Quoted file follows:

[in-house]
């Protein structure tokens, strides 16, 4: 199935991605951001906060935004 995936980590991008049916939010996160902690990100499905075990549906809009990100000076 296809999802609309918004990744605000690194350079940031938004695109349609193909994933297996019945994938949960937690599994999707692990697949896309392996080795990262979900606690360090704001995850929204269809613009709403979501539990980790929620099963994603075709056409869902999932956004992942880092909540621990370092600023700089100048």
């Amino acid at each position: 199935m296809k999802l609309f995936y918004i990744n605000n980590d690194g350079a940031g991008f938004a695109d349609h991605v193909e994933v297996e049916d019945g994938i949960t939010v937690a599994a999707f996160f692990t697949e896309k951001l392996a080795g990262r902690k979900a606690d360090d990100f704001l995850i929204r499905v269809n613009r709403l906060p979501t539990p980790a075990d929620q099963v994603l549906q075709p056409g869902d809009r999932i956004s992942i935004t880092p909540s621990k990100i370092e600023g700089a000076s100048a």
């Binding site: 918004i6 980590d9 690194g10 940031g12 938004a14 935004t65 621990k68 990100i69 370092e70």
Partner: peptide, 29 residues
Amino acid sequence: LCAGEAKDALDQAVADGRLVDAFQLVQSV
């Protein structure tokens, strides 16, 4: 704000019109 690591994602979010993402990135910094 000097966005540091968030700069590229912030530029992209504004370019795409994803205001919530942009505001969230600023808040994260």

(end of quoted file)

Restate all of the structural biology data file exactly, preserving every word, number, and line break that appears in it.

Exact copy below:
[in-house]
């Protein structure tokens, strides 16, 4: 199935991605951001906060935004 995936980590991008049916939010996160902690990100499905075990549906809009990100000076 296809999802609309918004990744605000690194350079940031938004695109349609193909994933297996019945994938949960937690599994999707692990697949896309392996080795990262979900606690360090704001995850929204269809613009709403979501539990980790929620099963994603075709056409869902999932956004992942880092909540621990370092600023700089100048």
């Amino acid at each position: 199935m296809k999802l609309f995936y918004i990744n605000n980590d690194g350079a940031g991008f938004a695109d349609h991605v193909e994933v297996e049916d019945g994938i949960t939010v937690a599994a999707f996160f692990t697949e896309k951001l392996a080795g990262r902690k979900a606690d360090d990100f704001l995850i929204r499905v269809n613009r709403l906060p979501t539990p980790a075990d929620q099963v994603l549906q075709p056409g869902d809009r999932i956004s992942i935004t880092p909540s621990k990100i370092e600023g700089a000076s100048a």
């Binding site: 918004i6 980590d9 690194g10 940031g12 938004a14 935004t65 621990k68 990100i69 370092e70």
Partner: peptide, 29 residues
Amino acid sequence: LCAGEAKDALDQAVADGRLVDAFQLVQSV
């Protein structure tokens, strides 16, 4: 704000019109 690591994602979010993402990135910094 000097966005540091968030700069590229912030530029992209504004370019795409994803205001919530942009505001969230600023808040994260």